Michael Everson wrote:
> Ar 18:18 -0800 1999-12-01, scríobh A. Vine:
> >The bottom line was then and is now, how much are folks willing to pay for
> >multilingual capability, and how many folks are willing to pay it? Software
> >companies are for-profit organizations. Multilingual support is not trivial.
> >It costs a tremendous amount of money to garner the expertise, evaluate the
> >product(s), design, and code, for multilingual.
> Well, Andrea, it depends _how_ multilingual. In Unicode terms, if it has to
> do with representing many complex scripts, that costs lots in terms of
> rendering. But what I don't want to see is a limitation of character
> repertoire, say, in the Latin script.
Neither do I. But the point is that if I serve up UTF-8 or UTF-16 on HTML
pages, most people will not see data outside of ASCII correctly. We're not
there yet. I _can_ serve UTF-8 to folks in HTML pages should they choose UTF-8
as their preferred charset (providing our customers gave their customers that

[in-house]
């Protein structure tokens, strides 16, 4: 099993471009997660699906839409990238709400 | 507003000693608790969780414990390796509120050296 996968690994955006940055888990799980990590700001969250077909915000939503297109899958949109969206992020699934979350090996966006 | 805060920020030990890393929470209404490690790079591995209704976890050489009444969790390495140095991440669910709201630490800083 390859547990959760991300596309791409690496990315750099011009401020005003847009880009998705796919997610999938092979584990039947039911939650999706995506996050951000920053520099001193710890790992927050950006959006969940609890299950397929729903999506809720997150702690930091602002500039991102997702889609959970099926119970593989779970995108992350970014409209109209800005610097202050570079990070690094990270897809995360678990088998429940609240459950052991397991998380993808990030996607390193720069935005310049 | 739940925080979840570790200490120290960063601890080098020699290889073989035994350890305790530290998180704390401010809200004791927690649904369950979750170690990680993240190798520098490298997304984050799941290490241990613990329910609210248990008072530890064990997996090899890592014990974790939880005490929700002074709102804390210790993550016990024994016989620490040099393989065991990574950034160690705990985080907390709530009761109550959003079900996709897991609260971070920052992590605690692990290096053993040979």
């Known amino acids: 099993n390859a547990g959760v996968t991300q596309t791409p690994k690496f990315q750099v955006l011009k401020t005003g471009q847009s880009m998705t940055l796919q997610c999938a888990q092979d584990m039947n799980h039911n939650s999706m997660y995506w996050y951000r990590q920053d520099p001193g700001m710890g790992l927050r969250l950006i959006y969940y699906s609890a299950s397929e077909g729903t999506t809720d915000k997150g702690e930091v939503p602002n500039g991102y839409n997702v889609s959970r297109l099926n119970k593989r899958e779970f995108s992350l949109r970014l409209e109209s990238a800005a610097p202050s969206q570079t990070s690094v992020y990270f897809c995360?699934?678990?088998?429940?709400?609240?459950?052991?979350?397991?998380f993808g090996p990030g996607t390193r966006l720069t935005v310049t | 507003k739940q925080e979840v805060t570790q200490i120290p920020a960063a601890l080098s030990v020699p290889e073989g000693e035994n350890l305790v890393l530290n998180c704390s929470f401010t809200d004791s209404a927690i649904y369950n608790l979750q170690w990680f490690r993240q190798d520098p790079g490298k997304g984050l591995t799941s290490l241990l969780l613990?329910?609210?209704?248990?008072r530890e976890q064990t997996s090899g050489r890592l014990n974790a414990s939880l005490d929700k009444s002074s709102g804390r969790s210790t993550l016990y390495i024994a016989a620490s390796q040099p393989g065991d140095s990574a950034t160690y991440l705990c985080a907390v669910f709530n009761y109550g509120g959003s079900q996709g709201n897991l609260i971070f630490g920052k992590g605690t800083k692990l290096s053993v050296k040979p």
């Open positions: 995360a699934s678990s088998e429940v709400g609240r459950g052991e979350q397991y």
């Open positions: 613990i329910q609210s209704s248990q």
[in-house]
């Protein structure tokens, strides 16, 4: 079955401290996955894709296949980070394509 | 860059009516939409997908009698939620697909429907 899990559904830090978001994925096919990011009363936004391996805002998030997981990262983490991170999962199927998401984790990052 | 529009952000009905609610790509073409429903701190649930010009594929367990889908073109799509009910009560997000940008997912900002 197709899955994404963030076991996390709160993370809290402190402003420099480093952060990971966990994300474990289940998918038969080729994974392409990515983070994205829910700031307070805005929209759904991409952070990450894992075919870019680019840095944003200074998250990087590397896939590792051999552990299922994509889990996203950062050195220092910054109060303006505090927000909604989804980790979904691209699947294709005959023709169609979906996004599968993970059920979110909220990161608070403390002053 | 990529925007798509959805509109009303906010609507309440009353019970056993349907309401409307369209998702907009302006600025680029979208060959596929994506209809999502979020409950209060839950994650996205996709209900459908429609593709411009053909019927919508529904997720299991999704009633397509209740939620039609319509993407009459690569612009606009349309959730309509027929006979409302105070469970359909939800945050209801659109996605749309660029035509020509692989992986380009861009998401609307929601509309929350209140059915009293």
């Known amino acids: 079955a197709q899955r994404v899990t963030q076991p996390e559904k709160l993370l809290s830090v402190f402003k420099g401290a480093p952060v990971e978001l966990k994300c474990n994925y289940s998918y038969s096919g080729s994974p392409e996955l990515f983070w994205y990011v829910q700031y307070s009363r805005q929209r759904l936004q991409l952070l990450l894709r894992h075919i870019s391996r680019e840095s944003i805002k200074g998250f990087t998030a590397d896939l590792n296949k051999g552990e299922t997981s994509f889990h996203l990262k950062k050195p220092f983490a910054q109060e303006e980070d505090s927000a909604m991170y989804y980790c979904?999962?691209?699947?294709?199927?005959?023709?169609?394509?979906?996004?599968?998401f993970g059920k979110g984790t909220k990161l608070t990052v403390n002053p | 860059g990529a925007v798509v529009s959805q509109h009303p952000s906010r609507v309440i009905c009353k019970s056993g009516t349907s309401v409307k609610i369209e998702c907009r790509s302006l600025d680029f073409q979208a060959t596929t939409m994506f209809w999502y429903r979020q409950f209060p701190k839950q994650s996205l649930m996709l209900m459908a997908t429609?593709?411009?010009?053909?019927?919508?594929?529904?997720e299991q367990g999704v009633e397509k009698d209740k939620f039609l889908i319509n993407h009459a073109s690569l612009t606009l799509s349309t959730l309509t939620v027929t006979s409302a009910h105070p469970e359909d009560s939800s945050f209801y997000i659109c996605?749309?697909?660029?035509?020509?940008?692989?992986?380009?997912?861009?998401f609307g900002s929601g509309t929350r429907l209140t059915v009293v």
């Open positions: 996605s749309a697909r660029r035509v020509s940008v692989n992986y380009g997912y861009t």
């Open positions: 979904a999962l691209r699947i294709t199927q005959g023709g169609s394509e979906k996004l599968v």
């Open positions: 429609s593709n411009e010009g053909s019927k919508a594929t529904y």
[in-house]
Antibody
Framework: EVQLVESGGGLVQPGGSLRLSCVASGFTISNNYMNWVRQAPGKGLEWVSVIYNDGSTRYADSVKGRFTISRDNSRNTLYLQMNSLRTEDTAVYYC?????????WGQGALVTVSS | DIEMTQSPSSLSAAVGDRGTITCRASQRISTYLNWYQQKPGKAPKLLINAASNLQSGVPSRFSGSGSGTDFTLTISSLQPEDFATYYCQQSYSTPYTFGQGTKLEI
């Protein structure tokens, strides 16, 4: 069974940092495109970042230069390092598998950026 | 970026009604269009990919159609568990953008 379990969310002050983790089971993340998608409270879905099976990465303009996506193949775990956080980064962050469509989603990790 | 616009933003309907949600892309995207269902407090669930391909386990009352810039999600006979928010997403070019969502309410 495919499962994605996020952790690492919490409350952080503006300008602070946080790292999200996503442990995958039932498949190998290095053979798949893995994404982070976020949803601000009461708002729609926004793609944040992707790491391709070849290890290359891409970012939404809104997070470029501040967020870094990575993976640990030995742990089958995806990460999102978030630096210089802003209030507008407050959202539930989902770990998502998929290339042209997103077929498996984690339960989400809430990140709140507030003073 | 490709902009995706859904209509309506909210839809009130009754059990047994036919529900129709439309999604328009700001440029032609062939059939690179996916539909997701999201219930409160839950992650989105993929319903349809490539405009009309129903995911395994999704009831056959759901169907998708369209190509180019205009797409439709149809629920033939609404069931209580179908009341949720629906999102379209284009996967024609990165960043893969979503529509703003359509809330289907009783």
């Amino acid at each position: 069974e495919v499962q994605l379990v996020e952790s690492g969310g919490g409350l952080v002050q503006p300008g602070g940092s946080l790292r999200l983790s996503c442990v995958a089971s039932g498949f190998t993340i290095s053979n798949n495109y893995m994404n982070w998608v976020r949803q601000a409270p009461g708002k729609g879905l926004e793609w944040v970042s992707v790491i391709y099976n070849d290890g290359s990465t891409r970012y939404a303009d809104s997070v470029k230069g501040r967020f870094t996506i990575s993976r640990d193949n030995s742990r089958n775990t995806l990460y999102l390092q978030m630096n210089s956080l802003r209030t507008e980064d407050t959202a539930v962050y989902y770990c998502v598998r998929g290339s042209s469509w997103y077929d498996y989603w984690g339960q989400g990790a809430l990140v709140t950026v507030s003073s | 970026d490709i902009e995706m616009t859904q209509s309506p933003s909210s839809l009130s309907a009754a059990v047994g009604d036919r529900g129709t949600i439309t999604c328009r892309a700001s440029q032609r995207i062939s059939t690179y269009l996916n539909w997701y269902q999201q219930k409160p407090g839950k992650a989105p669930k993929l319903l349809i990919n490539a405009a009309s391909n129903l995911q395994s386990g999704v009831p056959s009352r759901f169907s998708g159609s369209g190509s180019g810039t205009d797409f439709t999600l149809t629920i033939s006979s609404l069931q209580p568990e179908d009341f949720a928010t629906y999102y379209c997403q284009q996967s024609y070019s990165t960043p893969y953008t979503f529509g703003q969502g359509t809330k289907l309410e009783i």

option). But as it turns out, very few folks actually _do_ choose UTF-8, or
request multilingual capabilities which results in our serving them UTF-8.
I think we're moving in that direction. But there's a lot of old HTML browsers
out there, and as we're trying to reach a broad audience, we do a lot of
conversion from our internal Unicode into other charsets.
> What Asmus said is an example of the problem:
> >> 4) Most of my (European) newspapers easily cross alphabet boundaries
> >> (e.g. use of correct Latin-2 accents is common in Latin-1 languages).
> This is 8-bit limited-character-set thinking, and it worries me, because if
> we go dipping down to the bottom line of "Latin letters people pay for"
> then the users of less economically powerful languages will be left out in
> the cold. As they have been for far too long.
It's not that people are paying per character. But multilingual capability,
even in a Unicode situation, costs more than monolingual.
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